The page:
Every participating artist, artisan group and art form has been named in the signage.

Accompanied sometimes by Reddy and his wife Pinky, Sethi travelled across the country for ideas, objects, people, stories and narratives. “I visited junk shops, curio shops, homes of craftspeople…by the roadside and in private collections. From the 50,000-odd artefacts I discovered, I selected 6,000. Special site-specific installations were commissioned to about 1,200 artists of different disciplines which were then assembled,” he writes in his curatorial note.

These collections were stored in a project office that spanned 20,000 sq. ft. A 40-member team of art conservators and restorers worked on objects that were damaged or distressed. A collections management agency (The Research Collective) supervised the unpacking, measuring, weighing and photography of each artefact. Every piece was catalogued on a custom-designed software with information on its dating, provenance, history, stylistic and technical features; collated by trained art historians, anthropologists and ethnographers. “A museum project team then coordinated with our design, engineering and construction teams tasked to build one of the largest terminals in the world. This programme was being put in place simultaneously with the construction of T2, which made it even more complex,” says Reddy.

A hundred films document the making of Jaya He. Thirty-six of these are available on the digital interactive kiosks at T2. Sethi is also working on a large book with curatorial notes and photographs for a printed documentation of the project.

Mumbai, of particular significance in this case, has been interpreted in multiple ways—with paintings showing crumbling houses, photographs of cheerful, enterprising slum children, the conflict between urban spaces and spaces of the mind, a kinetic painting of young men on a packed train travelling into “Bombay” to become Amitabh Bachchan, depicted in his Coolie avatar. The name of an artwork called Mumbai Once Bombay makes the dozen dichotomies clear.

This museum, though, is not just about aesthetic excellence. It makes an exceptional case for art in the public domain. It cuts through long-held academic classifications—modern, revivalist, minimalist or post modern—in art and design, mixing them all. It builds a case for Intellectual Property Rights, totally ignored when it comes to the skilled poor. It holds up the intangible diversity of our cultural industries—by merging class, caste, gender, disregarding hierarchies within art and doing away with stereotypical visual symbols.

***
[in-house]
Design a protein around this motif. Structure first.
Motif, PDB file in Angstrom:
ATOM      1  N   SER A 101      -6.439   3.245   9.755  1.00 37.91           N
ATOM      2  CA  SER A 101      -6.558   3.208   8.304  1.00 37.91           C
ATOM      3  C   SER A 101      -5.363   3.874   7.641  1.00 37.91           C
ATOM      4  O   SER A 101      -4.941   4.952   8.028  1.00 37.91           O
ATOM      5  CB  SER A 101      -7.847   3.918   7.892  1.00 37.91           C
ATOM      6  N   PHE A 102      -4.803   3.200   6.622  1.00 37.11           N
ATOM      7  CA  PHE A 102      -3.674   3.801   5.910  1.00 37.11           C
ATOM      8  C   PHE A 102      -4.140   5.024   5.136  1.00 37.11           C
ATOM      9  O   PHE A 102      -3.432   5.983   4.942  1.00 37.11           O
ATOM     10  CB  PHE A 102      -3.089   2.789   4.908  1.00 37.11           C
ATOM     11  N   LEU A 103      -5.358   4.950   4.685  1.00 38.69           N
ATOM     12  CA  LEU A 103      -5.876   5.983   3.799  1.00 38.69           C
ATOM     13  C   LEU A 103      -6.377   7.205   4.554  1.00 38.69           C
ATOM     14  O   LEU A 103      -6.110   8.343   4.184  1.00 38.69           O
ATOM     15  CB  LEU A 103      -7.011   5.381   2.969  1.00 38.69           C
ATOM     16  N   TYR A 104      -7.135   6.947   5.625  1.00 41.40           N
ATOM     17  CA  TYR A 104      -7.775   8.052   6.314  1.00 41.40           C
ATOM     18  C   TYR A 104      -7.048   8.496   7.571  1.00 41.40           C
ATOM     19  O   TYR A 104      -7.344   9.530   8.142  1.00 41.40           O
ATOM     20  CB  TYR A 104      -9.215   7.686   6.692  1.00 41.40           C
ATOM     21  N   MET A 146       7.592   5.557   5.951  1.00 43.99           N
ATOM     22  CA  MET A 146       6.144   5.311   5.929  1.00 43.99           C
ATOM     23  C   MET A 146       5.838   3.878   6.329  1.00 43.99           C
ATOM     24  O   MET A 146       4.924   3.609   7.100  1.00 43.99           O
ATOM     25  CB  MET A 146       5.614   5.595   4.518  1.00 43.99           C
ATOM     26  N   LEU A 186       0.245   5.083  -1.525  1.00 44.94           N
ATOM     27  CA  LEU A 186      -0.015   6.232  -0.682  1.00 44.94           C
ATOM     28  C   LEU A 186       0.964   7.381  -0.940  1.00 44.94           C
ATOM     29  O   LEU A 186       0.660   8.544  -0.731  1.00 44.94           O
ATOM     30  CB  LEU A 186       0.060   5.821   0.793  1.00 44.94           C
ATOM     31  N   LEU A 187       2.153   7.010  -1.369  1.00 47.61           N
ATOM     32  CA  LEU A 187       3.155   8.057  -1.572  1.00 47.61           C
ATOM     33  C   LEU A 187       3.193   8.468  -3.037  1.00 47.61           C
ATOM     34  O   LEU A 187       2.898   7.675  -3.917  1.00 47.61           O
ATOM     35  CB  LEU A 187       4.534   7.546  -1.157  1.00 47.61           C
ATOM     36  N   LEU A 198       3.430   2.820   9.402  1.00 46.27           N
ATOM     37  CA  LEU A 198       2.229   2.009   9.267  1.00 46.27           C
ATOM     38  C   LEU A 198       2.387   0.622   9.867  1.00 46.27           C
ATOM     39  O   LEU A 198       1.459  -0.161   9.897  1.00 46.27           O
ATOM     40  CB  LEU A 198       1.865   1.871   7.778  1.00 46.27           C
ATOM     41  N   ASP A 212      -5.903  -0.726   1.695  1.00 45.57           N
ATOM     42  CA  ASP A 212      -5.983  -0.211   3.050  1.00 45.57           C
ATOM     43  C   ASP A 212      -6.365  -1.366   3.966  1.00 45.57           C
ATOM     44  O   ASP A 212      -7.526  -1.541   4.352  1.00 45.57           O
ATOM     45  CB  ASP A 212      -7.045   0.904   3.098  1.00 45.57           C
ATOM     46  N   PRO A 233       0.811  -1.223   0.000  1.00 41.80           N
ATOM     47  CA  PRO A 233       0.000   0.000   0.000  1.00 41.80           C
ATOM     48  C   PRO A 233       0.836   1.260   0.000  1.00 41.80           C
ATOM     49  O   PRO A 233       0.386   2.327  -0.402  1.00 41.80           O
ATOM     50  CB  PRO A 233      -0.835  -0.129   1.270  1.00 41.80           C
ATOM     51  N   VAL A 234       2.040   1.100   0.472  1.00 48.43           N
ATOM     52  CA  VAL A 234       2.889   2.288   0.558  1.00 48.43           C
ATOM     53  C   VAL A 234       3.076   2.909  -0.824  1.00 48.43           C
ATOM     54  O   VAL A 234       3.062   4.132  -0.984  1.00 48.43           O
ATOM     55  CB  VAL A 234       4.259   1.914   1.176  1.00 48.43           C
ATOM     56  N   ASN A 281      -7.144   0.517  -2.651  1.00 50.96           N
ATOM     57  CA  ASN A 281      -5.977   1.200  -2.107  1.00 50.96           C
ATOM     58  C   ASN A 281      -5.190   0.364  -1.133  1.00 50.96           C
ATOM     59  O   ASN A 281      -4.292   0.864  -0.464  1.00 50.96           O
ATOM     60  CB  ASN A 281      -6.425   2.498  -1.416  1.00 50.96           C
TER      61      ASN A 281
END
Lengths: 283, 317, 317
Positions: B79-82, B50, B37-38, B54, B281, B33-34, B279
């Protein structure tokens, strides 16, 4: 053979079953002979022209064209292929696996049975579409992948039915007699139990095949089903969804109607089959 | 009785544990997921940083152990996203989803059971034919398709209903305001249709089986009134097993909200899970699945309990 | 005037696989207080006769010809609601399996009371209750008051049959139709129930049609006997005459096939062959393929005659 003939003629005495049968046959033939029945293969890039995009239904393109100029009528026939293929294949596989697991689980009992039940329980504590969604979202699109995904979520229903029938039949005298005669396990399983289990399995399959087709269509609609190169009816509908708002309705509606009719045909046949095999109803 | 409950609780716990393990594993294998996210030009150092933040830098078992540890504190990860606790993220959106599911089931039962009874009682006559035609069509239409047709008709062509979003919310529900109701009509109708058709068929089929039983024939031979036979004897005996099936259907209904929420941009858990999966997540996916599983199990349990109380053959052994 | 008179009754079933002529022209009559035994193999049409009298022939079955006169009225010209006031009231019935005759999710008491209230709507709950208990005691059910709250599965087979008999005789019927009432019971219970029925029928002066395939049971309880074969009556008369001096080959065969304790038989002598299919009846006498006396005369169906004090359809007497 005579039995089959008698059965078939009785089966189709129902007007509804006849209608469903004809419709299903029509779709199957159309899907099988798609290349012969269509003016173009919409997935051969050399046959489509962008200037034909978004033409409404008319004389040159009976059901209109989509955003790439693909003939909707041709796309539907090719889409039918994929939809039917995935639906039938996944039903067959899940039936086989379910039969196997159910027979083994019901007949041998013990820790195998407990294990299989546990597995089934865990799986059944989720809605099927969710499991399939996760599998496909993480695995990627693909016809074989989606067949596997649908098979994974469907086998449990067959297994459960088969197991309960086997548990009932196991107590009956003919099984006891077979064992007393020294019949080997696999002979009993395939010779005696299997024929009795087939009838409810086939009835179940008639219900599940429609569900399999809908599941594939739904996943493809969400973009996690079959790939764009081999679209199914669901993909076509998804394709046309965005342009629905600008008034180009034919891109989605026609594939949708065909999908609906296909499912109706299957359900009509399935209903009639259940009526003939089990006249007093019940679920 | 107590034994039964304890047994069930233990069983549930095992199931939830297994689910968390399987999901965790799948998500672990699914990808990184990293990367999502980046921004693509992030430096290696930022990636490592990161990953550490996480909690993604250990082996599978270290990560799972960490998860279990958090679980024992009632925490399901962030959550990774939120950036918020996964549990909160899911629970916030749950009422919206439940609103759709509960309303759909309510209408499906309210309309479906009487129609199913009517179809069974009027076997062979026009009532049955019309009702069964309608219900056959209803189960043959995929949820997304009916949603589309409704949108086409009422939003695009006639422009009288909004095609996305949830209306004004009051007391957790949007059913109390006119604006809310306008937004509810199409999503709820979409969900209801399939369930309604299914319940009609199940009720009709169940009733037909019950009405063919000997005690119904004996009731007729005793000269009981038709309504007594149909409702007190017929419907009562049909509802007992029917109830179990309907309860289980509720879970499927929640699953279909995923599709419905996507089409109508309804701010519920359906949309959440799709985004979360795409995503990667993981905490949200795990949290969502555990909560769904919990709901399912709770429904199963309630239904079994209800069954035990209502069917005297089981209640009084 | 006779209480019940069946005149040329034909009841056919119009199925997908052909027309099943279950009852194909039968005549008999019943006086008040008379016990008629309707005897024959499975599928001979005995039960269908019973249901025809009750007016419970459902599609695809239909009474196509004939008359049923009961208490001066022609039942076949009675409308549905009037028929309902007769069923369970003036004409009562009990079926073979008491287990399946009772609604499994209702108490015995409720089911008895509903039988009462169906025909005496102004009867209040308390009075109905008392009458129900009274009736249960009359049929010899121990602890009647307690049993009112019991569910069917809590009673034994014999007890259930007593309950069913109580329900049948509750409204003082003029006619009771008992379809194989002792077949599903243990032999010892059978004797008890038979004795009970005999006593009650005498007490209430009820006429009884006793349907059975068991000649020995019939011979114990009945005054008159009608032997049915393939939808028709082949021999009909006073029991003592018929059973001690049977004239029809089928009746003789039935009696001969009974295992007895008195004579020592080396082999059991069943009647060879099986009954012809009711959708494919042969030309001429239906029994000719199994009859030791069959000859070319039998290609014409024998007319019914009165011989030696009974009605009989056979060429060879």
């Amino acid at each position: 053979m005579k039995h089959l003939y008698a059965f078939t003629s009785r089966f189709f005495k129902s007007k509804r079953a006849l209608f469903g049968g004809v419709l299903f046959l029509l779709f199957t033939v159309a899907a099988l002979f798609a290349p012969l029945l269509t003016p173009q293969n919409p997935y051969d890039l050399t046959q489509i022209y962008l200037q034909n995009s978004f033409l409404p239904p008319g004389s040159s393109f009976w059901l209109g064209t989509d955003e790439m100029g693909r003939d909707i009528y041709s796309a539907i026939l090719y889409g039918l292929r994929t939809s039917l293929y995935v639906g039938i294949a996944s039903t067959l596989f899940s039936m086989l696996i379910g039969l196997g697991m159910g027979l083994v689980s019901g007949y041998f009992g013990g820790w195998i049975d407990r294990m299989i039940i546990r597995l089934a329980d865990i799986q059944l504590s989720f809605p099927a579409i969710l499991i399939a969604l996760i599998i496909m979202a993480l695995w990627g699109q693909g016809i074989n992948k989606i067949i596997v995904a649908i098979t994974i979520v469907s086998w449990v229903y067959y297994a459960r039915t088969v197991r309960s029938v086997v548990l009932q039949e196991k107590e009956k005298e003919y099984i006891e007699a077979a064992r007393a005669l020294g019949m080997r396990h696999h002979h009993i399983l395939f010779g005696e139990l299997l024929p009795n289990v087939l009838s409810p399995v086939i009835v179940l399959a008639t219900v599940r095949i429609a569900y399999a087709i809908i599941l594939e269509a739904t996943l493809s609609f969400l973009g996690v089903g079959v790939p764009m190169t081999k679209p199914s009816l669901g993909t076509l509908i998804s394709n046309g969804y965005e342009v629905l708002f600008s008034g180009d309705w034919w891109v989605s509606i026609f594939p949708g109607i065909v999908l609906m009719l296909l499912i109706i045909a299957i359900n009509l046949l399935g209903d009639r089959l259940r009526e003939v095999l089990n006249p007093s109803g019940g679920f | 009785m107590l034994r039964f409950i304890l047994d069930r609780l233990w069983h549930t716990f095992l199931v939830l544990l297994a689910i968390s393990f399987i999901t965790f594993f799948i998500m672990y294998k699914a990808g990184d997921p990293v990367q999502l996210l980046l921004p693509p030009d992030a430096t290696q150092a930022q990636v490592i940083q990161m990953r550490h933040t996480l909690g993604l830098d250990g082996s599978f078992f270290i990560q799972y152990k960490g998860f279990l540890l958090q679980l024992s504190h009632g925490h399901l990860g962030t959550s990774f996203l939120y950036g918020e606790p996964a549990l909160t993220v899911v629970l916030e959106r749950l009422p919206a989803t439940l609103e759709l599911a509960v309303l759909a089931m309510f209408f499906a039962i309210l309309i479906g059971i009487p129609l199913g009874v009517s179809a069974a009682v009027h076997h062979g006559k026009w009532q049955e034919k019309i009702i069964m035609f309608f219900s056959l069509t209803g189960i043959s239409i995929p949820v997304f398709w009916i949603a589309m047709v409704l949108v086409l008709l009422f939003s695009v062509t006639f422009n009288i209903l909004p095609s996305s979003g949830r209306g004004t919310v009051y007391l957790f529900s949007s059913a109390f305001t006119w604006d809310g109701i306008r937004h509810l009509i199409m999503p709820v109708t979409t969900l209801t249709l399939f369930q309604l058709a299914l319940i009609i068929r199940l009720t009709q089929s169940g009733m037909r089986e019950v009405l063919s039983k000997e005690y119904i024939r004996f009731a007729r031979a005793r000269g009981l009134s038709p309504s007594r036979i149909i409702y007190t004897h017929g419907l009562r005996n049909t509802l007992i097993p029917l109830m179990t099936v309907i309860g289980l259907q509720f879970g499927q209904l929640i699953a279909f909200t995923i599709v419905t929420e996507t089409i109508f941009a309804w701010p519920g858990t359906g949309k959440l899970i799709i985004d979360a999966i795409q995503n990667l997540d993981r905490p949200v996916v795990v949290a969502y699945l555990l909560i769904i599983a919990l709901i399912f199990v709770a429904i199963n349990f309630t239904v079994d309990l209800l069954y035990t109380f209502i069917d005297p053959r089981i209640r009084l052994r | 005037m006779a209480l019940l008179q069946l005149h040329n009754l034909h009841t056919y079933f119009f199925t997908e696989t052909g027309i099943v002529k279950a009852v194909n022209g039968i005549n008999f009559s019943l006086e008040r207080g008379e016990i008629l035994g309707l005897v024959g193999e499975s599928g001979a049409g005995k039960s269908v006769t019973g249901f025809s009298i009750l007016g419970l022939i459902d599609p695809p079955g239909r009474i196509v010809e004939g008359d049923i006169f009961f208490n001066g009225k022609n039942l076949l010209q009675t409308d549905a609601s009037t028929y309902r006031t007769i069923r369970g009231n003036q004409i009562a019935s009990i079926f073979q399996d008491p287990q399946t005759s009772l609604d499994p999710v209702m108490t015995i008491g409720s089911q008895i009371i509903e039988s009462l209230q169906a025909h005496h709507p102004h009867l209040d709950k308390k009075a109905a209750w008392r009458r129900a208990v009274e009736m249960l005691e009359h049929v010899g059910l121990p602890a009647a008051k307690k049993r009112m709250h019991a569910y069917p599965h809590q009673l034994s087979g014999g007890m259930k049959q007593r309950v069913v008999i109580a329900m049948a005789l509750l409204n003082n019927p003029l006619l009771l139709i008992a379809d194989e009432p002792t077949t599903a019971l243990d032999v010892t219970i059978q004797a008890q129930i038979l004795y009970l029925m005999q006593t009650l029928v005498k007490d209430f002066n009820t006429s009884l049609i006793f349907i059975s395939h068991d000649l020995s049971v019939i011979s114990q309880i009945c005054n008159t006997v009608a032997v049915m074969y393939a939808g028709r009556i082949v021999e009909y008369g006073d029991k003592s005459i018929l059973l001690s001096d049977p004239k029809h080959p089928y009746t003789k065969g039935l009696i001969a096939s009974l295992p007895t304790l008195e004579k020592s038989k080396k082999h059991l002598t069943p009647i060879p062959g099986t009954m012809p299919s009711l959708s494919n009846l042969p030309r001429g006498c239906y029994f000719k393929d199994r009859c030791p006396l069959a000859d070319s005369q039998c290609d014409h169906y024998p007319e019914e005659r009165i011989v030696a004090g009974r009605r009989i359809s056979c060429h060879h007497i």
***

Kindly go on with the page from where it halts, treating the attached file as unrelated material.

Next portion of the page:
Most significantly, it provokes a larger debate on public-private patronage of art. It raises issues of the near total absence of inventively curated, suitably housed and faultlessly maintained museums in our country—public or private. And certainly, on museum practices in the ones that exist currently.

It may also be a reminder about the seldom implemented 1972 provision by the then ministry of works and housing to divert 2% of the total expenditure on every public building towards art as corporate social responsibility. While Sethi estimates the expenditure-investment at Rs.160 crore, the GVK management refused to divulge exact figures. “All project costs have been reviewed and approved by the financial regulator. Almost all artists have contributed to this prestigious project at concessional rates,” responded Yamini Telkar, head of the museum at Jaya He, on email.

All the same, Jaya He, which now has multiple teams of curatorial, technical, merchandising, restoration and maintenance professionals, stands out as a model for art-related CSR.

Especially so because it also points to solutions for the future livelihoods of the skilled poor. Sethi describes it as “raising the self-organized sector from irrelevance to inclusion”. Among Jaya He’s outreach plans are three museum stores (for now) at the airport—a direct business-to-consumer initiative, where ingeniously-designed merchandise inspired from the exhibits has been put on sale. Exhibitions, pop-up shows, art residencies and live art performances are among the other outreach plans.

Despite all this, pertinent questions remain for art in the public domain outside this airport. The cultural and art fraternity, the Indian rich—individuals as well as corporate organizations—who can patronize art but do it very selectively, if at all, and the government have a great deal to answer for. An airport is, after all, a restrictive space even though it is a gateway for a cross-section of people. So while the team at T2 is in the process of assessing whether a section of the museum can be erected outside for visitors who accompany travellers, and Reddy says he intends to carry this work to bus stands and railway stations, the access at present is obviously limited.

“A proverbial directory of all known crafts skills of India was consciously an attempt, but I would like to believe there will be many more additions—not just here but elsewhere,” says Sethi. His words reiterate why the Jaya He museum should be used as a compass to bring India’s crafts and cultural industries to open spaces and into public discourse.